10 Years after 09. 11 Part II

By | October 18, 2021

5: Critics of “War on Terror”

There were some critics. One of the critics was the famous scientist John Mearsheimer . Mearsheimer’s critique was based on American self-interest. The US military is completely superior to other states, he said. Why then waste a lot of resources that could rather be used elsewhere. Why spend the resources on something that could not possibly be a central national interest?

In 2011, when the war in Iraq has claimed many lives and alone has cost – measured in dollars – the Americans more than the war in Vietnam, and it seems quite unclear what the gain has been, there are probably many more who ask the question of national interest. But when it came down to it, Mearsheimer and a few other skeptics stood alone. In Europe, many wondered if al-Qaeda was worth a duel for the world’s sovereign strongest state. Would not a police action have been a considerably more proportionate reaction (more adapted to the attack on 11.09) and much better suited?

That question stands. Others have joined. The dominant question now is how the international community, led by the United States, will be able to withdraw at the least possible cost, not least for the honor bill. However, the question seems to be primarily technical-political. That is, as a question of practical withdrawal, as opposed to, for example, a moral, philosophical or strategic question. There has been no strong generational opposition or social unrest, in line with what followed the Vietnam War.

6: International reactions

Outside the United States, it’s different. The war in Afghanistan and Iraq, along with police operations elsewhere, especially in Islamic countries, has cost the United States dearly . Both economically and politically. The country has managed to maintain the crucial alliance with Saudi Arabia. At least officially, the United States has also maintained an employment relationship with Pakistan. But in the last ten years, the United States has become even less popular with most people in the Middle East.

When it comes to people in the Middle East, there is even more reason today for Americans to ask “Why do they hate us?” now than it was in 2001. As the United States chose to define its relationship with radical Islam as war, it led to ripple effects throughout Christianity and throughout the Islamic world. Security thinking spread to ever new areas. Here in Norway, too, we must obtain more technically advanced passports, and we must do so more often. The queues at the airports have become longer. Cross-border travel is slower.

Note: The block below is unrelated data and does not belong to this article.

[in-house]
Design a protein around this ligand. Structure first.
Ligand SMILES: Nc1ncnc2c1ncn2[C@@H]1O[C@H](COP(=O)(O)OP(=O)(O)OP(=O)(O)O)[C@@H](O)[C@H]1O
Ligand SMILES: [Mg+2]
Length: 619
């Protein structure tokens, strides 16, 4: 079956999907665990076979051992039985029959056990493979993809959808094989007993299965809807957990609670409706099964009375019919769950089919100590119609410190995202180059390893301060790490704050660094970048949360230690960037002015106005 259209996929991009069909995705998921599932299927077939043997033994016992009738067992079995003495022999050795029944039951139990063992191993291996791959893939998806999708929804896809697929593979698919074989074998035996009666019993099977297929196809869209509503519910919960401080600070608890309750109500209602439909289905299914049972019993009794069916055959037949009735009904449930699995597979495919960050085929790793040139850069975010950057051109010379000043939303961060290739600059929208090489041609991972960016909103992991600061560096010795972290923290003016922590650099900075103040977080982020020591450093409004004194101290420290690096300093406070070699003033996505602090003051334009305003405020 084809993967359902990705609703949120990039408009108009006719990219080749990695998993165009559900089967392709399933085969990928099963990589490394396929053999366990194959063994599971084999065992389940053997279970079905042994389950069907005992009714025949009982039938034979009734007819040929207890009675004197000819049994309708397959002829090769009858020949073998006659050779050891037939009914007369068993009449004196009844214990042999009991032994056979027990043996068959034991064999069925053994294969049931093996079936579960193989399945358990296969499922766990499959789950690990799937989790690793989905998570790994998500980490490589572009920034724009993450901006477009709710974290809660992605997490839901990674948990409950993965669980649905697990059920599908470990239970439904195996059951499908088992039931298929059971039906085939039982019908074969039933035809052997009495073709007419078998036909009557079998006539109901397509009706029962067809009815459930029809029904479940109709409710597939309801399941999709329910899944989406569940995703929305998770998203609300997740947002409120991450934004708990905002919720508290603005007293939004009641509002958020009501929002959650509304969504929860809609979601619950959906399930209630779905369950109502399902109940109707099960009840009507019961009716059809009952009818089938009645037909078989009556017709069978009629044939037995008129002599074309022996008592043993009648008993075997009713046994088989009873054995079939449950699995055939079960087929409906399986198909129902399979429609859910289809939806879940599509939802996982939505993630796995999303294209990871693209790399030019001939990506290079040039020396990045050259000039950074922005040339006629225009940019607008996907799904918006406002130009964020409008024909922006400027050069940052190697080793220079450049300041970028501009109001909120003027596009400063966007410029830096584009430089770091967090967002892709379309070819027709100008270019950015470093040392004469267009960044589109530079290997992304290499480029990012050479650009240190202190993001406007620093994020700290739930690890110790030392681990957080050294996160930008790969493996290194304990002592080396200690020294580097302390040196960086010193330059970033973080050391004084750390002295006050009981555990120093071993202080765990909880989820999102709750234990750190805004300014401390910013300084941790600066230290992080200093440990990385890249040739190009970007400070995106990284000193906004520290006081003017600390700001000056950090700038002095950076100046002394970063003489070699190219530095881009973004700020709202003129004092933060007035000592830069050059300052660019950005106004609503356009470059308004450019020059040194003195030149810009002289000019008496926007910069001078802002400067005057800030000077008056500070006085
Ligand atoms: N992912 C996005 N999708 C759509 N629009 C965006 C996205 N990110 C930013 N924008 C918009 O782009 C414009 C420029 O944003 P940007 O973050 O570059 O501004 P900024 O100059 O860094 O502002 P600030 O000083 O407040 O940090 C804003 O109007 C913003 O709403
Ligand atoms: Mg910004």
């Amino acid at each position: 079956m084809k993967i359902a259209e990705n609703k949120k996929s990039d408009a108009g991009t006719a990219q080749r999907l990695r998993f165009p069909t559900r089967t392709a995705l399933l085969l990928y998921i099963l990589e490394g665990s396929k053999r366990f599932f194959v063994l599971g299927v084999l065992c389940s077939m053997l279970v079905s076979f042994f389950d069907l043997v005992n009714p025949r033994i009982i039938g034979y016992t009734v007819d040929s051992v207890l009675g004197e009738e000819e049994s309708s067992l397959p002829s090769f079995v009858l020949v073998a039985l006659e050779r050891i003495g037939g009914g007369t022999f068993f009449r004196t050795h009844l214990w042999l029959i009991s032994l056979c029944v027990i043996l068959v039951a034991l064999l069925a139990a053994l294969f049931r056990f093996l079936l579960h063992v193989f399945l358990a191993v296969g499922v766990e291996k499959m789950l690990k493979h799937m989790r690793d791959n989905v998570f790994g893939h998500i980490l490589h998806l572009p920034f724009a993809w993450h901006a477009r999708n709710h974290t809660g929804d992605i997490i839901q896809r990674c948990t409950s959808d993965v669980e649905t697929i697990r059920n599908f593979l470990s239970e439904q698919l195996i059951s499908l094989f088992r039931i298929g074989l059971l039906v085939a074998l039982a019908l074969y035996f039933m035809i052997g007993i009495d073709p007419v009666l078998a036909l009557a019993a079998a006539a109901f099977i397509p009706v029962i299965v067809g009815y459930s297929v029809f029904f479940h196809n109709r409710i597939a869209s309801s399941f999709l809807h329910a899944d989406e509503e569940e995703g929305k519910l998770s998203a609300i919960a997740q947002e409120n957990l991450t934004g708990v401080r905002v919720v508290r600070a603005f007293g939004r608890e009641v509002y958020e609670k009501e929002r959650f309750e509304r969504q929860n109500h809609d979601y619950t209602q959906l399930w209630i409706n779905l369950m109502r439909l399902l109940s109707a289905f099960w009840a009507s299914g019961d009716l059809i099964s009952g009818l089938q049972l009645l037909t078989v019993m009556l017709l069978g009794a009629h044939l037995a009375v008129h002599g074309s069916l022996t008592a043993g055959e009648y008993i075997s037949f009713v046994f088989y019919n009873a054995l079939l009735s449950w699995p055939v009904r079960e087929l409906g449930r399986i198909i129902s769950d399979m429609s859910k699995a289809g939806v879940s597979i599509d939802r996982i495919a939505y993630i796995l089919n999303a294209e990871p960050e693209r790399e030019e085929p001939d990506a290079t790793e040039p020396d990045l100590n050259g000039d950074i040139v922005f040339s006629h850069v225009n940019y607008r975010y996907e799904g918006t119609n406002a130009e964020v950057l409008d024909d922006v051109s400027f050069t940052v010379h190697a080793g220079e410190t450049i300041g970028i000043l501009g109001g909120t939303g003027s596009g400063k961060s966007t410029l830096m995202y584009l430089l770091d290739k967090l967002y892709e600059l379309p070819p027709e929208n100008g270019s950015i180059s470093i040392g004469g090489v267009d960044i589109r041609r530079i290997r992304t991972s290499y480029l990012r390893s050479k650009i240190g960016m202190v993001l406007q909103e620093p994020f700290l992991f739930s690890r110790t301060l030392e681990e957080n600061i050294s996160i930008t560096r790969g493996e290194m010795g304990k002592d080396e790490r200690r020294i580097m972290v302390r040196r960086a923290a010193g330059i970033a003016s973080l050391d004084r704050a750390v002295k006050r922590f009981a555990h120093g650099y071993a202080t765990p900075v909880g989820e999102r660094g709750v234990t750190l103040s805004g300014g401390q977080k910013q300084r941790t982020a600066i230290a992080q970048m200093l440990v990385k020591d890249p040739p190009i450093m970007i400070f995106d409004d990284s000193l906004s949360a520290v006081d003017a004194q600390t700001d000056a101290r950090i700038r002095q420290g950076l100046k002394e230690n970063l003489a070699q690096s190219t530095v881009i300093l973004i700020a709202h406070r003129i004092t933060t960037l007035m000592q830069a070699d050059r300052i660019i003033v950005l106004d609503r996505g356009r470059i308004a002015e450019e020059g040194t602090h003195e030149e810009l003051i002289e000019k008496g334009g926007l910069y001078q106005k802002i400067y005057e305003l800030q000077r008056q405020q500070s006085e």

Among other things, the use of language was also sharpened. Before 11.09. we talked in Norway about «immigrants». Now we’m talking about ‘Muslims. A condition of action for July 22 was the sharp increase in tension between these figures in the previous decade. This general trend cannot be explained by 11.09, but it can also not be thought of in isolation from 11.09.

How has 11.09. influenced America’s place in the world? In general, it seems that 11.09 has first and foremost reinforced and accelerated trends that were already there. Seen from Europe, the United States under the Texan Bush appeared more and more unrecognizable – where had the traditional elite, the formative bourgeoisie from New England, gone? Seen from the United States, this geographical shift was only a continuation of the shift to the south and west that began under California President Ronald Reagan.

America’s shift in interests the last decades away from Europe and towards Asia have been marked. For the United States, therefore, it does not mean the whole world that NATO is weakened. The underlying tensions between the United States and other central powers – primarily China and India – have become more visible. These two states were dissatisfied with their power-political influence before 11.09. After ten years of further growth, they are today even more dissatisfied. Nevertheless, the United States remains by far the strongest military power in the world and will remain so for some years to come.

7: Human rights – how credible is the United States?

The most important effect of 11.09 is related to the polarization towards Muslims and the relationship with China and India. But the effect is of a more general nature. Following the United States’ conduct at Guantanamo Bay (US base in Cuba) and at Abu Ghraib (Baghdad prison), it is more difficult for Americans to speak and argue credibly from a human rights perspective . After the failed wars in Afghanistan and Iraq, it is more difficult with credibility to claim that the US political and economic system can be exported – at least not by force. Together with increasingly stronger China and India, this means that the West’s advantage in global politics has been significantly weakened .

In the 1990s, many spoke of “the end of history.” The future of the world would be a single long victory march for the West’s economic and political models, it was said at the time. It became commonplace to say that the United States was the strongest imperial power the world had ever seen . That kind of triumphalism (after the Cold War was won) has been silenced. Today, almost everyone believes that the future is multipolar. The state system will have more poles than the United States, a country located in North America according to Transporthint.

In retrospect, the war on terror may emerge as an important stage in the dismantling of Western hegemony . 11.09 was a terrible tragedy. The war on terror was a failed reaction.

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